John Naughton in Prospect:
Consider the so-called “Right to Be Forgotten” granted by the European Court of Justice (ECJ) in 2014, which gives European Union citizens the right to petition Google to have information about them removed from the company’s search results in Europe. To call it a “right to be forgotten” is not strictly accurate; it is merely a right to request that certain information not be listed in Google’s European search results—although in our networked world, this almost amounts to the same thing. If the dominant search engine doesn’t find you, then you have effectively ceased to exist. The ECJ ruling bows to the reality that Google has a unique capacity to make or break reputations.
Google itself has been given responsibility for managing the complaints and adjudicating who gets to be “forgotten,” effectively outsourcing a judicial responsibility to a private company. Territorial sovereignty, the kind exercised by elected governments, has been supplanted by what the legal scholar Frank Pasquale calls “functional sovereignty.” The digital giants, Pasquale maintains, “are no longer market participants.” Rather, “they are market makers” in their fields, “able to exert regulatory control over the terms on which others can sell goods and services.” Moreover, he says, “they aspire to displace more government roles over time, replacing the logic of territorial sovereignty with functional sovereignty. In functional arenas from room-letting to transportation to commerce, persons will be increasingly subject to corporate, rather than democratic, control.”
There is no issue so big that the tech companies think they can’t handle it themselves. When the issue of fake news flared up amid the US election, for example, the first response of Mark Zuckerberg, Facebook’s CEO, was a mixture of denial and incredulity. Then, as the evidence mounted that his advertising machine had been weaponised by dark political actors, he pivoted rapidly from that incredulity to scepticism and then—as the evidence became incontrovertible—to a technocratic determination to “solve” the problem. By the end of September, he was issuing a personal Yom Kippur post on Facebook pleading for “forgiveness” in light of the way that “my work was used to divide people.”
But Facebook has two conflicts of interest that inhibit it from fixing the problems. First, surveillance capitalism requires the maximisation of “user engagement,” to create the data that is to be monetised. And it turns out that Facebook users are often more engaged by fake news than they are by mundane truths. The much-vaunted, pending overhaul of Facebook’s algorithm to give priority to material shared between individuals represents a retreat from real news just as much as it does from fake. That could have adverse implications for the responsible media, and meanwhile, of course, that emphasis on shares only deepens the “engagement.” The second conflict stems from the fact that if Zuckerberg were to accept editorial responsibility for what is posted by his website’s users it would effectively destroy his company, given that there aren’t enough administrators in the world to vet what gets posted to Facebook in a single second.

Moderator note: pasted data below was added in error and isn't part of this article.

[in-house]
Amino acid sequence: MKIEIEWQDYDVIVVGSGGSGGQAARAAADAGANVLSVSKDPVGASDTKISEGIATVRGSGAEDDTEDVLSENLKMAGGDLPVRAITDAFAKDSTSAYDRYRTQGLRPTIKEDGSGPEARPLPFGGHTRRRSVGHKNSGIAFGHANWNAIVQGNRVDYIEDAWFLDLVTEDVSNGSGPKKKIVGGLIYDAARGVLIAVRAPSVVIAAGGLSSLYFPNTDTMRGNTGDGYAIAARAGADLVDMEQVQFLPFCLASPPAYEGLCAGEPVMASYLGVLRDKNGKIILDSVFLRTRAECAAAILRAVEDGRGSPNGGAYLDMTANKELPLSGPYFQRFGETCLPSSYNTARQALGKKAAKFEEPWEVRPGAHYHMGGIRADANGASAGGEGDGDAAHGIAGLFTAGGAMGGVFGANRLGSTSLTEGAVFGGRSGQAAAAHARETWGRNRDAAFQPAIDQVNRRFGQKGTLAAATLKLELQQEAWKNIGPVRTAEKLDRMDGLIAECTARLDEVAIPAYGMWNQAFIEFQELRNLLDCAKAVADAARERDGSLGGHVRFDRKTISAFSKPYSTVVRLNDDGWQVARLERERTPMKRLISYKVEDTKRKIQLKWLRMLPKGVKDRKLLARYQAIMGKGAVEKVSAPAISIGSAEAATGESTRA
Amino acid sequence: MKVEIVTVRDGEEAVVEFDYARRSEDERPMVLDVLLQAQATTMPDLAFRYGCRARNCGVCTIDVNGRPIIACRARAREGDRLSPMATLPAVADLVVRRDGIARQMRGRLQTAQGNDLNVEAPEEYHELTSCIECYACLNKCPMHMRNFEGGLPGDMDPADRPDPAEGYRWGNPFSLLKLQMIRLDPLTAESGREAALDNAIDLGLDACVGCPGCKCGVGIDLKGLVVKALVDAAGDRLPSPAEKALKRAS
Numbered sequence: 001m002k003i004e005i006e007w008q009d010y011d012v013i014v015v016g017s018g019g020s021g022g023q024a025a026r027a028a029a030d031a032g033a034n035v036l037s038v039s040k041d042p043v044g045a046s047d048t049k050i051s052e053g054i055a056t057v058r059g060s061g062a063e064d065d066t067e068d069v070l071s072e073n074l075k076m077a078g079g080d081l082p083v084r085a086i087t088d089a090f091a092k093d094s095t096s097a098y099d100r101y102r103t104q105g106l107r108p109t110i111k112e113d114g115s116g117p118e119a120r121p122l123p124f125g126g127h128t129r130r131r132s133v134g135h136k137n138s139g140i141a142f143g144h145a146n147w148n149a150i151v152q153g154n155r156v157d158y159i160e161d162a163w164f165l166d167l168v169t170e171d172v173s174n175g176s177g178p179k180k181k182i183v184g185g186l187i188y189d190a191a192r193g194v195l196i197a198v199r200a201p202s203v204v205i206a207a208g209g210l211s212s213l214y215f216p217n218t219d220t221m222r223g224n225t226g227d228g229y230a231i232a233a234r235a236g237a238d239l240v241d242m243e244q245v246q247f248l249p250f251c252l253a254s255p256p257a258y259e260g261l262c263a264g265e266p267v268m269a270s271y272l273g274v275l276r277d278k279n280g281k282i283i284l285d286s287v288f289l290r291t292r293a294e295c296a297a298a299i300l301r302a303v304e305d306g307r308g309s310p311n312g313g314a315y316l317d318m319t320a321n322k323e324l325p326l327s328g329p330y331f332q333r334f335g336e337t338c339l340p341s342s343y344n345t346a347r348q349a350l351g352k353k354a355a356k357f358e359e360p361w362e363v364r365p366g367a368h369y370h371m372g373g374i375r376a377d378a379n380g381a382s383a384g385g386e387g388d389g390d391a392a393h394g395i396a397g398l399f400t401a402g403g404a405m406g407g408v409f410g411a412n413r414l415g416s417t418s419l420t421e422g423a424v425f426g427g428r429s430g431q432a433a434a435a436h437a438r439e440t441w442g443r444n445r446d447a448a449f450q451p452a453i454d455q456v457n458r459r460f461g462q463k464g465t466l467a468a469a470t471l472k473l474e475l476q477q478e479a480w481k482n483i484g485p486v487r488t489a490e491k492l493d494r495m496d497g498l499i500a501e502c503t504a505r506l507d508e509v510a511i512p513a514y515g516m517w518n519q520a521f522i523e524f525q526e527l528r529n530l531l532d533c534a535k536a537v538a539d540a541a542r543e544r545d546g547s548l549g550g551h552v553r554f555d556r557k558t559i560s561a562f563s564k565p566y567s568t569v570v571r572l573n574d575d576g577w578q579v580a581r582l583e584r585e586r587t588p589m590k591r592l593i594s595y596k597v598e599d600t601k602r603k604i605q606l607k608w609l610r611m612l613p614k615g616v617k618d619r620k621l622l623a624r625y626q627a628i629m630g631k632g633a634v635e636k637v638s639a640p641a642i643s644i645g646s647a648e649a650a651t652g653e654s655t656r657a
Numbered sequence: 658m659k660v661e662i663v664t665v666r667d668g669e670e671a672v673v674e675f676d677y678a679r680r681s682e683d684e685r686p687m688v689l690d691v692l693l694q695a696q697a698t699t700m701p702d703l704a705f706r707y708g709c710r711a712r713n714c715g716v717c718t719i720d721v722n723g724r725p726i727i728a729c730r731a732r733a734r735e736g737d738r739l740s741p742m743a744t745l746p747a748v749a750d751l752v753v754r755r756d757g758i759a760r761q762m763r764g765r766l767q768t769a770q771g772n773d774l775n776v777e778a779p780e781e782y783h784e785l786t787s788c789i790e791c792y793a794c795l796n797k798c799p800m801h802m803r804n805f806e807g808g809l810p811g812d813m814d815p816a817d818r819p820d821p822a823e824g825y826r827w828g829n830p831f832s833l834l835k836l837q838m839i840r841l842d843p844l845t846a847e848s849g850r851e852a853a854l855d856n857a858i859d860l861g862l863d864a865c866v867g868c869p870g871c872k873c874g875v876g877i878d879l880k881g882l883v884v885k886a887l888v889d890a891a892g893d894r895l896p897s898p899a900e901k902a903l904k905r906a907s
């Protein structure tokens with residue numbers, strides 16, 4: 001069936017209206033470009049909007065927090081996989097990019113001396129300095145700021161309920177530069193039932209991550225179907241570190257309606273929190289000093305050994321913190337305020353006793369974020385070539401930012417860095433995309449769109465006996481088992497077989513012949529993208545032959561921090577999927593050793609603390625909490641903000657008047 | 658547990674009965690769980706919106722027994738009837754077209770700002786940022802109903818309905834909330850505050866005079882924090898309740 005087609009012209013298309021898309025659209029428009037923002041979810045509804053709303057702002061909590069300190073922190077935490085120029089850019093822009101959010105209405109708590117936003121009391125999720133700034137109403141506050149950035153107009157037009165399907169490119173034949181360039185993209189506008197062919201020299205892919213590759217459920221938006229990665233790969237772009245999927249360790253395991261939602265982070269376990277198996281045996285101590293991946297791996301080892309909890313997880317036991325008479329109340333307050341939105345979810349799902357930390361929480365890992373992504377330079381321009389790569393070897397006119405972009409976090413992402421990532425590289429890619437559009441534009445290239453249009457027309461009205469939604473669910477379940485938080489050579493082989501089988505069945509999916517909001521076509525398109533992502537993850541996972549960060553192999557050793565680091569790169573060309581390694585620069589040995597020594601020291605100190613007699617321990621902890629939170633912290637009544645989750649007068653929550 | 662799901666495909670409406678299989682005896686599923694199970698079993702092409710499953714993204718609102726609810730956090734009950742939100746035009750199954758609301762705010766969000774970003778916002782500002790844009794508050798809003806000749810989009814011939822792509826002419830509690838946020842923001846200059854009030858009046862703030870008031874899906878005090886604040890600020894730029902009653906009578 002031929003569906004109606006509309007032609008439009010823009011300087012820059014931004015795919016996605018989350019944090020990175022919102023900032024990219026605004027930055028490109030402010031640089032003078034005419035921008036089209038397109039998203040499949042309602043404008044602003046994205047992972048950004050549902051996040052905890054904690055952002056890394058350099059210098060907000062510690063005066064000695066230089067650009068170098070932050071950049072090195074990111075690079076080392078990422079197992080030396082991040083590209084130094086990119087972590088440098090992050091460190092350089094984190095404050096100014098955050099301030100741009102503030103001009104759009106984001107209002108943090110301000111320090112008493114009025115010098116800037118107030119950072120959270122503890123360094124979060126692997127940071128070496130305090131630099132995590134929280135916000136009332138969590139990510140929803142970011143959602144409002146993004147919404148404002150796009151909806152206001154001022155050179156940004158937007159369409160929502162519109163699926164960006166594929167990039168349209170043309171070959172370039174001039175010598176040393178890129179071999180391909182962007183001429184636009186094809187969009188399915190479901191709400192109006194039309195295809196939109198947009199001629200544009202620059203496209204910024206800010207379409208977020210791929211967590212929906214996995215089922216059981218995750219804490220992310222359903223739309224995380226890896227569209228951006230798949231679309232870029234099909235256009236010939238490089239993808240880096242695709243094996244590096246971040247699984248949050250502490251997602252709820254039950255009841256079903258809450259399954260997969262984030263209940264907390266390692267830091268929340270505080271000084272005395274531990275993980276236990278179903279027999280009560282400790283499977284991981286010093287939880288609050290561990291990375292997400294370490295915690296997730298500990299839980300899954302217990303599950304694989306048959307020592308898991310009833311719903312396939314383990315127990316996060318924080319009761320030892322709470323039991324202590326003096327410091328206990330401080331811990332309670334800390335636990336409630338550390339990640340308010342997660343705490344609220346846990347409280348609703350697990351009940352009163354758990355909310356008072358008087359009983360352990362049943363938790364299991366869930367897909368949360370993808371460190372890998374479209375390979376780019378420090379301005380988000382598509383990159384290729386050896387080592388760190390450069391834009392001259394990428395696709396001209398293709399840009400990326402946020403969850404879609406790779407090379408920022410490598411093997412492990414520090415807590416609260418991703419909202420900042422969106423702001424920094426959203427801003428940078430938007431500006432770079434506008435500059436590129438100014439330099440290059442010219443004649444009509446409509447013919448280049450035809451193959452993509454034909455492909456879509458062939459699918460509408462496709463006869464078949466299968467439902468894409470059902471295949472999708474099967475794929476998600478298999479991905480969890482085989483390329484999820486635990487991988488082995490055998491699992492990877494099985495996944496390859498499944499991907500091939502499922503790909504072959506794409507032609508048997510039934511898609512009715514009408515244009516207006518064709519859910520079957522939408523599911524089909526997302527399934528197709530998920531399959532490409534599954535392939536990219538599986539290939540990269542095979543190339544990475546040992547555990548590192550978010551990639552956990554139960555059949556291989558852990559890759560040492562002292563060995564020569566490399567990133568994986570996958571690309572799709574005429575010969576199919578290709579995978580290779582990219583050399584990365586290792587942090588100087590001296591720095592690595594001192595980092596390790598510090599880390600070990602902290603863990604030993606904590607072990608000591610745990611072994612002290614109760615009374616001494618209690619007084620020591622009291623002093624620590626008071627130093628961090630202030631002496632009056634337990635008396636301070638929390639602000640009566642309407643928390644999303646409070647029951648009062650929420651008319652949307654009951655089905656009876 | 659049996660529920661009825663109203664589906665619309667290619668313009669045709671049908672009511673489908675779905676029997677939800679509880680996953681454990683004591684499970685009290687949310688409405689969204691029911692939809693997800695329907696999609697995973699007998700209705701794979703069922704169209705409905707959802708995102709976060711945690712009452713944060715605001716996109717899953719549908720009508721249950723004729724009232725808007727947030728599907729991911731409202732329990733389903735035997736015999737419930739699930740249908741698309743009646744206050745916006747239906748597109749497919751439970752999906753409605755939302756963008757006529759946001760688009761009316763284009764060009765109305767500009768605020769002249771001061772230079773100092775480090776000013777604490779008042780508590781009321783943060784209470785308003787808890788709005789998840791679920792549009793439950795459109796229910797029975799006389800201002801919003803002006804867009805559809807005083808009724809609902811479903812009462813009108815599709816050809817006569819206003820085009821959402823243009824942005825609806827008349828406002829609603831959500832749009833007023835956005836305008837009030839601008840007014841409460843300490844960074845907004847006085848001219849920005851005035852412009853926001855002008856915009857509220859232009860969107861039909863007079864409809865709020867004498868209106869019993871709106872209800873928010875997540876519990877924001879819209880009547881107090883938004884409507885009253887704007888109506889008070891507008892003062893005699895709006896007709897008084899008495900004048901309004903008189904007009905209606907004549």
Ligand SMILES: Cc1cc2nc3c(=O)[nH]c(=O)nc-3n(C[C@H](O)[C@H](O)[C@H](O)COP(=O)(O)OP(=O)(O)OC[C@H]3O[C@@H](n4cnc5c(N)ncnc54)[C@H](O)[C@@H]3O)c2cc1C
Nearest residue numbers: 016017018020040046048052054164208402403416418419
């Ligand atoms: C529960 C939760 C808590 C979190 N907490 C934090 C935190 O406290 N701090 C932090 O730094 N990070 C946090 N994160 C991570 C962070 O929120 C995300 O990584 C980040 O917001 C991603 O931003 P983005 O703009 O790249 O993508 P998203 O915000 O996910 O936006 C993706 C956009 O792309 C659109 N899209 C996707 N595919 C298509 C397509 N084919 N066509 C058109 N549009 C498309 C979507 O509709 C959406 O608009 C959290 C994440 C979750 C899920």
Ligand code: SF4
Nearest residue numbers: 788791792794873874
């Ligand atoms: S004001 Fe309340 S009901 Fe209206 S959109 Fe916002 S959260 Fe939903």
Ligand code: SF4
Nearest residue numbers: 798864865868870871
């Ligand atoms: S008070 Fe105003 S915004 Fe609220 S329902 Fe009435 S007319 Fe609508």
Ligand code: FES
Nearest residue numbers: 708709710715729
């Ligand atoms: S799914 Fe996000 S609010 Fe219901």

This hasn’t stopped some from demanding that social media organisations accept responsibility for what appears on their sites. And the Germans have passed legislation that mandates swingeing penalties on platforms that do not take down offending content in a matter of hours. But like the right to be forgotten, this statute delegates to private companies the task of deciding what shall and shall not be published in a democracy—another illustration of functional sovereignty replacing its territorial counterpart.
Back in the 1980s, the cultural critic Neil Postman argued that our future would be bracketed by the nightmares of two British novelists: George Orwell, who thought we would be destroyed by the things we fear; and Aldous Huxley, who believed that our undoing would be the things that delighted us. With the aid of digital technology, we are managing to achieve both nightmares at once. We click compulsively on health scares and other anxieties while Big Brother watches, but are also distracted by dubious political claims that make us feel good and reinforce our prejudices.